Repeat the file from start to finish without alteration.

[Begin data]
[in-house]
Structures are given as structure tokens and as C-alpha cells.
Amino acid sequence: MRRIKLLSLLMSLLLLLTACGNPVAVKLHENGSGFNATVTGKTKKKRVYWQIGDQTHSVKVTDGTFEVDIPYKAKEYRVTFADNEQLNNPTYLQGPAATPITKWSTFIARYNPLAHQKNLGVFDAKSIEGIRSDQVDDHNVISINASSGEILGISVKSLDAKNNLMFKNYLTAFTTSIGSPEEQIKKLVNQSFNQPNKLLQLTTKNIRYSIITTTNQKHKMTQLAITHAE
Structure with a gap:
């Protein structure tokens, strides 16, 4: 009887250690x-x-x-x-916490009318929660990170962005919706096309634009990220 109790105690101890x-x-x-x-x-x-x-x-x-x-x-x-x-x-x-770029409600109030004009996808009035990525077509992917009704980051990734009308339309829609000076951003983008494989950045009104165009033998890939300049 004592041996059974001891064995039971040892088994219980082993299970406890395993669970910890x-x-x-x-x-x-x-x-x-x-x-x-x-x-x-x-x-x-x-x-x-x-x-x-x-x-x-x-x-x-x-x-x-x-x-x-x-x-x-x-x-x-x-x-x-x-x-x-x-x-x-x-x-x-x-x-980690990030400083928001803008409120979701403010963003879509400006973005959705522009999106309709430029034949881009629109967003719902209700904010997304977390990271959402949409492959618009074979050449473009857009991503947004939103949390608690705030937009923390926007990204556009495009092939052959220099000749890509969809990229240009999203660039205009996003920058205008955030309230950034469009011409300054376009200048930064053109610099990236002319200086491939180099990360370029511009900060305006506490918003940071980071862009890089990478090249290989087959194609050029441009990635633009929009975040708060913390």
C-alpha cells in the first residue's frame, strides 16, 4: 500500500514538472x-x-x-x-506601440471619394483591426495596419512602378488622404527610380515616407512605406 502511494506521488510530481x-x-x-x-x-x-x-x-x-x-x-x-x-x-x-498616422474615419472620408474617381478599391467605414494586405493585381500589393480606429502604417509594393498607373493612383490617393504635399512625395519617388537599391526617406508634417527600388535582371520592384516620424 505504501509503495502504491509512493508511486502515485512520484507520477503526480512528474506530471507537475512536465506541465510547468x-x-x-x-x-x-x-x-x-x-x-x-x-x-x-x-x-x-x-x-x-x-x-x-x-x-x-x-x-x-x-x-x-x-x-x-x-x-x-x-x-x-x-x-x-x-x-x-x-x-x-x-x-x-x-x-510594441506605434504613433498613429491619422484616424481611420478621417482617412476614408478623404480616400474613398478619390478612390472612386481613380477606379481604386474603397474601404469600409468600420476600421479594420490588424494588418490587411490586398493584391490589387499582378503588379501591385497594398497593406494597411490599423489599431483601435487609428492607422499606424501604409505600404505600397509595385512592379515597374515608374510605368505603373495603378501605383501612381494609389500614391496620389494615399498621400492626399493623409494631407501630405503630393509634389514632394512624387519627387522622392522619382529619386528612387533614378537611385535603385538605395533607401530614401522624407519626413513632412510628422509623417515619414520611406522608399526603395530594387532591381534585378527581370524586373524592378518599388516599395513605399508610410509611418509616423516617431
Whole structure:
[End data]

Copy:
[in-house]
Structures are given as structure tokens and as C-alpha cells.
Amino acid sequence: MRRIKLLSLLMSLLLLLTACGNPVAVKLHENGSGFNATVTGKTKKKRVYWQIGDQTHSVKVTDGTFEVDIPYKAKEYRVTFADNEQLNNPTYLQGPAATPITKWSTFIARYNPLAHQKNLGVFDAKSIEGIRSDQVDDHNVISINASSGEILGISVKSLDAKNNLMFKNYLTAFTTSIGSPEEQIKKLVNQSFNQPNKLLQLTTKNIRYSIITTTNQKHKMTQLAITHAE
Structure with a gap:
């Protein structure tokens, strides 16, 4: 009887250690x-x-x-x-916490009318929660990170962005919706096309634009990220 109790105690101890x-x-x-x-x-x-x-x-x-x-x-x-x-x-x-770029409600109030004009996808009035990525077509992917009704980051990734009308339309829609000076951003983008494989950045009104165009033998890939300049 004592041996059974001891064995039971040892088994219980082993299970406890395993669970910890x-x-x-x-x-x-x-x-x-x-x-x-x-x-x-x-x-x-x-x-x-x-x-x-x-x-x-x-x-x-x-x-x-x-x-x-x-x-x-x-x-x-x-x-x-x-x-x-x-x-x-x-x-x-x-x-980690990030400083928001803008409120979701403010963003879509400006973005959705522009999106309709430029034949881009629109967003719902209700904010997304977390990271959402949409492959618009074979050449473009857009991503947004939103949390608690705030937009923390926007990204556009495009092939052959220099000749890509969809990229240009999203660039205009996003920058205008955030309230950034469009011409300054376009200048930064053109610099990236002319200086491939180099990360370029511009900060305006506490918003940071980071862009890089990478090249290989087959194609050029441009990635633009929009975040708060913390």
C-alpha cells in the first residue's frame, strides 16, 4: 500500500514538472x-x-x-x-506601440471619394483591426495596419512602378488622404527610380515616407512605406 502511494506521488510530481x-x-x-x-x-x-x-x-x-x-x-x-x-x-x-498616422474615419472620408474617381478599391467605414494586405493585381500589393480606429502604417509594393498607373493612383490617393504635399512625395519617388537599391526617406508634417527600388535582371520592384516620424 505504501509503495502504491509512493508511486502515485512520484507520477503526480512528474506530471507537475512536465506541465510547468x-x-x-x-x-x-x-x-x-x-x-x-x-x-x-x-x-x-x-x-x-x-x-x-x-x-x-x-x-x-x-x-x-x-x-x-x-x-x-x-x-x-x-x-x-x-x-x-x-x-x-x-x-x-x-x-510594441506605434504613433498613429491619422484616424481611420478621417482617412476614408478623404480616400474613398478619390478612390472612386481613380477606379481604386474603397474601404469600409468600420476600421479594420490588424494588418490587411490586398493584391490589387499582378503588379501591385497594398497593406494597411490599423489599431483601435487609428492607422499606424501604409505600404505600397509595385512592379515597374515608374510605368505603373495603378501605383501612381494609389500614391496620389494615399498621400492626399493623409494631407501630405503630393509634389514632394512624387519627387522622392522619382529619386528612387533614378537611385535603385538605395533607401530614401522624407519626413513632412510628422509623417515619414520611406522608399526603395530594387532591381534585378527581370524586373524592378518599388516599395513605399508610410509611418509616423516617431
Whole structure: